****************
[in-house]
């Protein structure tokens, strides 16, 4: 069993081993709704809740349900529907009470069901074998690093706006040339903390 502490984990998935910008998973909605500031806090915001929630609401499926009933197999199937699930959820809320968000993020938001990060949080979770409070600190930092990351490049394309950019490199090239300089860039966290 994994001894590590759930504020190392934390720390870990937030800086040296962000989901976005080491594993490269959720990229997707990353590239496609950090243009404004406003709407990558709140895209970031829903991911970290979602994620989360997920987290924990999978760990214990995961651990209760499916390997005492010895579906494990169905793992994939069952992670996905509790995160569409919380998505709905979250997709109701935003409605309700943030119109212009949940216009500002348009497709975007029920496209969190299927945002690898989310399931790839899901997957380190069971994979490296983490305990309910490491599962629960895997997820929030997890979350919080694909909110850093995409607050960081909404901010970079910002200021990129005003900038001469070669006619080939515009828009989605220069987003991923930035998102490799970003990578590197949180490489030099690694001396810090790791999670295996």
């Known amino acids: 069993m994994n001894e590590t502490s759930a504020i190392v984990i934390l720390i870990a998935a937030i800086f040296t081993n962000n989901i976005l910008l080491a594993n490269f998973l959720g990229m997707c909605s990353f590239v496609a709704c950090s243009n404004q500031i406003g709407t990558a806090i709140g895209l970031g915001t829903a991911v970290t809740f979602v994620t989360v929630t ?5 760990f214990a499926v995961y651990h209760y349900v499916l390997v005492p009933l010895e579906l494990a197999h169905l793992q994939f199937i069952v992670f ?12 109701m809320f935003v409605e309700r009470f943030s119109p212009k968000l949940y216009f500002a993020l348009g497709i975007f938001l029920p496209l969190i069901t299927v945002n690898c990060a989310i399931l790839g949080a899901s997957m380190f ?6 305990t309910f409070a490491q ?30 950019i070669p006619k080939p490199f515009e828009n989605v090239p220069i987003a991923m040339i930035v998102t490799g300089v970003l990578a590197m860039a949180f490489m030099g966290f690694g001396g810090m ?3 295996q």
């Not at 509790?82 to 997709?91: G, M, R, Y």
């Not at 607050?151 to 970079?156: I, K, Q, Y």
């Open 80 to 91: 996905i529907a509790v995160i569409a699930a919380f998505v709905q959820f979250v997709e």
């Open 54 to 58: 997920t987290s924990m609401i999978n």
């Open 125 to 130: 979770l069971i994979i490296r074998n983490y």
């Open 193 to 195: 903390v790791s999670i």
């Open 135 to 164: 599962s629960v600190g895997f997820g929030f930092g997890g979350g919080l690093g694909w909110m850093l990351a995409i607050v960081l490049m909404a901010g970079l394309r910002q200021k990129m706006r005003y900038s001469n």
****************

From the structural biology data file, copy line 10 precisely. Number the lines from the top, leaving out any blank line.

């Open 135 to 164: 599962s629960v600190g895997f997820g929030f930092g997890g979350g919080l690093g694909w909110m850093l990351a995409i607050v960081l490049m909404a901010g970079l394309r910002q200021k990129m706006r005003y900038s001469n």